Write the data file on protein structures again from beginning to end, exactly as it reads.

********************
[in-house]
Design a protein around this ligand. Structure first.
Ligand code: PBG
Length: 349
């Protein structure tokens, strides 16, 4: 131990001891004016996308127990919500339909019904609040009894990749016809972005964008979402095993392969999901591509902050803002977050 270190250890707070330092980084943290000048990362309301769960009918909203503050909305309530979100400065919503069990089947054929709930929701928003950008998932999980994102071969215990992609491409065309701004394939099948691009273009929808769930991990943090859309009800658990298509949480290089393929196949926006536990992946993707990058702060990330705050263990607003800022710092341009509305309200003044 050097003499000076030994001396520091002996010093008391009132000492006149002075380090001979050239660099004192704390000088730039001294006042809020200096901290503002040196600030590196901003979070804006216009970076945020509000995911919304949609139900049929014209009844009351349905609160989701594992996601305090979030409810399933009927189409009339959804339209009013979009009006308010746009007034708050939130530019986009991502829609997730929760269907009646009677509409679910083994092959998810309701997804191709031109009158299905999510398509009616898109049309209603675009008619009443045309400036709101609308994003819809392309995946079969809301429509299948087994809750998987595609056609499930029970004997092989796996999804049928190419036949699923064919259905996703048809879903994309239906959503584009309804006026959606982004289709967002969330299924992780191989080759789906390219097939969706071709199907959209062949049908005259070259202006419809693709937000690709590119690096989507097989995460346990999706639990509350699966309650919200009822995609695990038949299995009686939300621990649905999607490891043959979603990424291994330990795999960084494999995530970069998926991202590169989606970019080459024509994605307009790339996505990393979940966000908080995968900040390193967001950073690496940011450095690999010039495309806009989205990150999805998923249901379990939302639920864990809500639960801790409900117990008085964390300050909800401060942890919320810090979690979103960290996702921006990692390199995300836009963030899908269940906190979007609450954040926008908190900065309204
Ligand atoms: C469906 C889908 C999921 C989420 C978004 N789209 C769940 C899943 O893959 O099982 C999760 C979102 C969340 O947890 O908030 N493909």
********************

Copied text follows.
[in-house]
Design a protein around this ligand. Structure first.
Ligand code: PBG
Length: 349
């Protein structure tokens, strides 16, 4: 131990001891004016996308127990919500339909019904609040009894990749016809972005964008979402095993392969999901591509902050803002977050 270190250890707070330092980084943290000048990362309301769960009918909203503050909305309530979100400065919503069990089947054929709930929701928003950008998932999980994102071969215990992609491409065309701004394939099948691009273009929808769930991990943090859309009800658990298509949480290089393929196949926006536990992946993707990058702060990330705050263990607003800022710092341009509305309200003044 050097003499000076030994001396520091002996010093008391009132000492006149002075380090001979050239660099004192704390000088730039001294006042809020200096901290503002040196600030590196901003979070804006216009970076945020509000995911919304949609139900049929014209009844009351349905609160989701594992996601305090979030409810399933009927189409009339959804339209009013979009009006308010746009007034708050939130530019986009991502829609997730929760269907009646009677509409679910083994092959998810309701997804191709031109009158299905999510398509009616898109049309209603675009008619009443045309400036709101609308994003819809392309995946079969809301429509299948087994809750998987595609056609499930029970004997092989796996999804049928190419036949699923064919259905996703048809879903994309239906959503584009309804006026959606982004289709967002969330299924992780191989080759789906390219097939969706071709199907959209062949049908005259070259202006419809693709937000690709590119690096989507097989995460346990999706639990509350699966309650919200009822995609695990038949299995009686939300621990649905999607490891043959979603990424291994330990795999960084494999995530970069998926991202590169989606970019080459024509994605307009790339996505990393979940966000908080995968900040390193967001950073690496940011450095690999010039495309806009989205990150999805998923249901379990939302639920864990809500639960801790409900117990008085964390300050909800401060942890919320810090979690979103960290996702921006990692390199995300836009963030899908269940906190979007609450954040926008908190900065309204
Ligand atoms: C469906 C889908 C999921 C989420 C978004 N789209 C769940 C899943 O893959 O099982 C999760 C979102 C969340 O947890 O908030 N493909």